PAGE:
I have been using Scott Archery releases for several years now. I particularly like the Scott Rhino for hunting as it takes nothing but feel to hook it into the string loop. The trigger tension being adjustable, and the fact that you can adjust the length of the release is a big plus. mechanically they are totally solid and give a very comfortable feel during the release.
Releases are an individual preference. I tried several before I found one I like and I'm sure if I was to continue to try. I would probably find some others that work for me. As of now and for the last few years. I've been using a Tru fire Hurricane. It has an adjustable buckle and a very smooth caliper release.
I've been using the Trophy Hunter for years with good success. It's small and not as bulky as some others. As mentioned it's personal preference. Try before you buy. Some are more comfortable then others and some are better suited for hunting rather then just taget shooting.
Ive been using the Scott Mongoose for years. Never had a failure yet with it...Have hunted in temps as low as 40 below with no freezeups. Smooth...Adjustable trigger and head length for comfort. They have many design models. If its for hunting I wouldnt recommend the Back tension release styles untill you are VERY used to one. Stick to either the dual or single caliper style. As the others have said, its a choice of what fits you and your shooting style. Scott Release aids are top of the line and do cost a little more than some...But you get what you pay for and with them you are getting a High quality product with the Archer in mind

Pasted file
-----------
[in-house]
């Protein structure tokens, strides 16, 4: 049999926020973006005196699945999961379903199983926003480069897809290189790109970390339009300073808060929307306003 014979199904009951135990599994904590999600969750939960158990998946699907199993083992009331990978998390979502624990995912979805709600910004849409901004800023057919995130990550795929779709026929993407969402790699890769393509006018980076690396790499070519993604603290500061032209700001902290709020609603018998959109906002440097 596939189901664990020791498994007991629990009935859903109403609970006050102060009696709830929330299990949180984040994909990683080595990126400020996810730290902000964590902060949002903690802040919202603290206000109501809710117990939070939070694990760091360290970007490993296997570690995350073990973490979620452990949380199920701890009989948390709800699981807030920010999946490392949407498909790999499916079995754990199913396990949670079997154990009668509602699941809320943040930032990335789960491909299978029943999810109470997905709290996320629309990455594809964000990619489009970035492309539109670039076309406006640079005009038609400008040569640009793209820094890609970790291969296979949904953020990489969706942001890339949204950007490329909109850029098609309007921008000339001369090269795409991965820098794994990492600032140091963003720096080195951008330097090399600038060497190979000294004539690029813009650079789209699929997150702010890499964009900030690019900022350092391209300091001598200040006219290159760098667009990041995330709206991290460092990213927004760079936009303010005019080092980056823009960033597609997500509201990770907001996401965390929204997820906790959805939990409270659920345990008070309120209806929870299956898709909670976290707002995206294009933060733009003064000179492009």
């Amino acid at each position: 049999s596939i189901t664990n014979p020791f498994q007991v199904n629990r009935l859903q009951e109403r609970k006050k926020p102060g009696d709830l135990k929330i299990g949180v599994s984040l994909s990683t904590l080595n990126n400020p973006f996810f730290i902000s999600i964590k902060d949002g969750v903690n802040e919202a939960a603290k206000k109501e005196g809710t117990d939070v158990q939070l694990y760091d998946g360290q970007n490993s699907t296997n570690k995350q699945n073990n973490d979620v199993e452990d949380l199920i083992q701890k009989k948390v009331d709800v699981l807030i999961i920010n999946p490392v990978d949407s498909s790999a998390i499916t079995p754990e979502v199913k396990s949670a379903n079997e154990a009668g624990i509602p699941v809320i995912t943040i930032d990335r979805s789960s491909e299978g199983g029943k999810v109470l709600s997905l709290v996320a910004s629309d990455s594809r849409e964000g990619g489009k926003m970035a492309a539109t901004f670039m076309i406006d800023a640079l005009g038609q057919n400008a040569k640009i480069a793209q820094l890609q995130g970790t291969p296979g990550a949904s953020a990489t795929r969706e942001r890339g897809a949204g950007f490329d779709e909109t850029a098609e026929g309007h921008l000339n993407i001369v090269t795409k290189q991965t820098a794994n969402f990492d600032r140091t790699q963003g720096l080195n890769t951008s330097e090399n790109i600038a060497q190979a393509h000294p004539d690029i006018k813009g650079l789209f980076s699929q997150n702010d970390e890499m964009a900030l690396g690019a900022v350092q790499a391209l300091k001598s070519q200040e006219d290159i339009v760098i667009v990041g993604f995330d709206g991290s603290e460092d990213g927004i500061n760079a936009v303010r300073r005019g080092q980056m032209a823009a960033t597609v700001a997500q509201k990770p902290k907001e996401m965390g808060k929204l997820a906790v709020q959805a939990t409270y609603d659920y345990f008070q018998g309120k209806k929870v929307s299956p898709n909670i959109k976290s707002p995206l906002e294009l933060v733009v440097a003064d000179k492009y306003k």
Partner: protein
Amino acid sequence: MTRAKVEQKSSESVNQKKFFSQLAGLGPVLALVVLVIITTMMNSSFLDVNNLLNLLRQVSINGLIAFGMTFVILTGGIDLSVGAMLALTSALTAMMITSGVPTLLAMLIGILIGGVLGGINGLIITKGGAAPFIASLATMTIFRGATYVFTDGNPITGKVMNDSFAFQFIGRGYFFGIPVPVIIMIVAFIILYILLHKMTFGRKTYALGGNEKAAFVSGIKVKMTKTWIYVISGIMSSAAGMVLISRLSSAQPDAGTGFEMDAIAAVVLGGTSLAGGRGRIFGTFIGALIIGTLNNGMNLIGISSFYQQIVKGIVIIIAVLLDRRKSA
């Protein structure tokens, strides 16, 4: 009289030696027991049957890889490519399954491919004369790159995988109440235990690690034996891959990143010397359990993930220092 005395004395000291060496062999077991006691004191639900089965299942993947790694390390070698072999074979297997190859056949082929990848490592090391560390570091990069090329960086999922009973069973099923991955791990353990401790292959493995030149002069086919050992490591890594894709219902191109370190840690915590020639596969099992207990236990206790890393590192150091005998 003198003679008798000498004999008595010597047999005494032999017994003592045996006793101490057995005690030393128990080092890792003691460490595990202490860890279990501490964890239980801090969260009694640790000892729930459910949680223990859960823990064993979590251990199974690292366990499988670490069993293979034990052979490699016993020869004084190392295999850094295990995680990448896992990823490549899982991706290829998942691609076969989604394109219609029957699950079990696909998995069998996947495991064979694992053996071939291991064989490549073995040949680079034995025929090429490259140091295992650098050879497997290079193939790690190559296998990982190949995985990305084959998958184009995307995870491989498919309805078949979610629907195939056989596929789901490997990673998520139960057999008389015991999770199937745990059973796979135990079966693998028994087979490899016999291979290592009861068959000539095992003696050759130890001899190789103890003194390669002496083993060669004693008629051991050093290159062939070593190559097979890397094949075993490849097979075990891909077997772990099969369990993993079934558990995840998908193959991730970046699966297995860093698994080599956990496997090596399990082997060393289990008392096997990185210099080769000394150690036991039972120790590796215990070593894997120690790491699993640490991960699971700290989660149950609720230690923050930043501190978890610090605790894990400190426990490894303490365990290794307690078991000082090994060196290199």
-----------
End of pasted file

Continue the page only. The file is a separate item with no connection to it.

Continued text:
The quandary of all hunters is how do I give myself the best chance to take home a trophy animal after shelling out hundreds of dollars for that coveted tag in another state. I face this issue this year with an Antelope tag in Colorado. Now I know that Antelope should be the easiest tag to fill in NorthWest Colorado. They are everywhere, but how do we give ourselves the best chance to take home that one animal that eludes everyone else. My advice, first and foremost, is don't shoot your...